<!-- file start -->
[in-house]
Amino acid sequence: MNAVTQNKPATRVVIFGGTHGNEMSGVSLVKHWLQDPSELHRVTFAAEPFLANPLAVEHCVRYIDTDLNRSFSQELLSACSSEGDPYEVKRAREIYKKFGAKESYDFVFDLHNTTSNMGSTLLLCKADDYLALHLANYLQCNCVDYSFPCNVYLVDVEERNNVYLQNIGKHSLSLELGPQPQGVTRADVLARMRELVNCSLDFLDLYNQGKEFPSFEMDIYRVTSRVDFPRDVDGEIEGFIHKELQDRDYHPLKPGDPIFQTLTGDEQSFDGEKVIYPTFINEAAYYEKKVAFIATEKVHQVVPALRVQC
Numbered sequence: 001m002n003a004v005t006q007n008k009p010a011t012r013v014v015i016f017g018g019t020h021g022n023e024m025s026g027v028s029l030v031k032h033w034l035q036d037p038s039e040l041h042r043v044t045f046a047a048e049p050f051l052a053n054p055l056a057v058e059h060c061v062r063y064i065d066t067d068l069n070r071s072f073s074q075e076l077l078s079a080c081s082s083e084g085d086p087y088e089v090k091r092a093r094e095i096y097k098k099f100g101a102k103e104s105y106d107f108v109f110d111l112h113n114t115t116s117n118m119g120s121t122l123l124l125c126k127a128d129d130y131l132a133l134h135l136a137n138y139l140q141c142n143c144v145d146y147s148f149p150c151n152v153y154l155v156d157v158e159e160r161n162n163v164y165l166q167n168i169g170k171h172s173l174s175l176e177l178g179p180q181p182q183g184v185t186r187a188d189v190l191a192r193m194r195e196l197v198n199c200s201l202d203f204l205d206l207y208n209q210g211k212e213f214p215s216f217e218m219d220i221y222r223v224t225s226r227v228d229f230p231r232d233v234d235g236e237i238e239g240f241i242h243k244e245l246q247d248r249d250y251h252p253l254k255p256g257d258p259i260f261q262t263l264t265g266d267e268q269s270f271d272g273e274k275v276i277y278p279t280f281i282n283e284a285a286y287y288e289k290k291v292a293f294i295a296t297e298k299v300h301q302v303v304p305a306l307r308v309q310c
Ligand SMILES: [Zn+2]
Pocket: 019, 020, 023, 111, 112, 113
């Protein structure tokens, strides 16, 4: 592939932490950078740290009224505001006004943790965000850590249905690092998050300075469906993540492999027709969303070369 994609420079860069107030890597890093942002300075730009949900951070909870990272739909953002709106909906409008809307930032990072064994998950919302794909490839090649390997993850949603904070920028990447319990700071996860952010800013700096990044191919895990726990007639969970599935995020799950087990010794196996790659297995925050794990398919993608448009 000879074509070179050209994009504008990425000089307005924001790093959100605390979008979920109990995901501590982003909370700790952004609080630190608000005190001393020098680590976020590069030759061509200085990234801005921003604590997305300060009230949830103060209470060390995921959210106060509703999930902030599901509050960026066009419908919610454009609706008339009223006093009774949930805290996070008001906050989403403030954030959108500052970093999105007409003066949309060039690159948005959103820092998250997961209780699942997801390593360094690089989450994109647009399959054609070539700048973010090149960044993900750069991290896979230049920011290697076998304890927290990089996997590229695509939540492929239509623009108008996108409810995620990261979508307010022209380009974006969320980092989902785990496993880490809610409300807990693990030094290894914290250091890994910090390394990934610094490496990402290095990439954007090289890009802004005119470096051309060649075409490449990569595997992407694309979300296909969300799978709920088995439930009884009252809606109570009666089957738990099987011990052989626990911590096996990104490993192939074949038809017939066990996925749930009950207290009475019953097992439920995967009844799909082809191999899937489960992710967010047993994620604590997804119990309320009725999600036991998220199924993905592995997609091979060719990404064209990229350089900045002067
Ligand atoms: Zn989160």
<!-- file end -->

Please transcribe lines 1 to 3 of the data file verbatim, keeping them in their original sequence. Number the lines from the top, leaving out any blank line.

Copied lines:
[in-house]
Amino acid sequence: MNAVTQNKPATRVVIFGGTHGNEMSGVSLVKHWLQDPSELHRVTFAAEPFLANPLAVEHCVRYIDTDLNRSFSQELLSACSSEGDPYEVKRAREIYKKFGAKESYDFVFDLHNTTSNMGSTLLLCKADDYLALHLANYLQCNCVDYSFPCNVYLVDVEERNNVYLQNIGKHSLSLELGPQPQGVTRADVLARMRELVNCSLDFLDLYNQGKEFPSFEMDIYRVTSRVDFPRDVDGEIEGFIHKELQDRDYHPLKPGDPIFQTLTGDEQSFDGEKVIYPTFINEAAYYEKKVAFIATEKVHQVVPALRVQC
Numbered sequence: 001m002n003a004v005t006q007n008k009p010a011t012r013v014v015i016f017g018g019t020h021g022n023e024m025s026g027v028s029l030v031k032h033w034l035q036d037p038s039e040l041h042r043v044t045f046a047a048e049p050f051l052a053n054p055l056a057v058e059h060c061v062r063y064i065d066t067d068l069n070r071s072f073s074q075e076l077l078s079a080c081s082s083e084g085d086p087y088e089v090k091r092a093r094e095i096y097k098k099f100g101a102k103e104s105y106d107f108v109f110d111l112h113n114t115t116s117n118m119g120s121t122l123l124l125c126k127a128d129d130y131l132a133l134h135l136a137n138y139l140q141c142n143c144v145d146y147s148f149p150c151n152v153y154l155v156d157v158e159e160r161n162n163v164y165l166q167n168i169g170k171h172s173l174s175l176e177l178g179p180q181p182q183g184v185t186r187a188d189v190l191a192r193m194r195e196l197v198n199c200s201l202d203f204l205d206l207y208n209q210g211k212e213f214p215s216f217e218m219d220i221y222r223v224t225s226r227v228d229f230p231r232d233v234d235g236e237i238e239g240f241i242h243k244e245l246q247d248r249d250y251h252p253l254k255p256g257d258p259i260f261q262t263l264t265g266d267e268q269s270f271d272g273e274k275v276i277y278p279t280f281i282n283e284a285a286y287y288e289k290k291v292a293f294i295a296t297e298k299v300h301q302v303v304p305a306l307r308v309q310c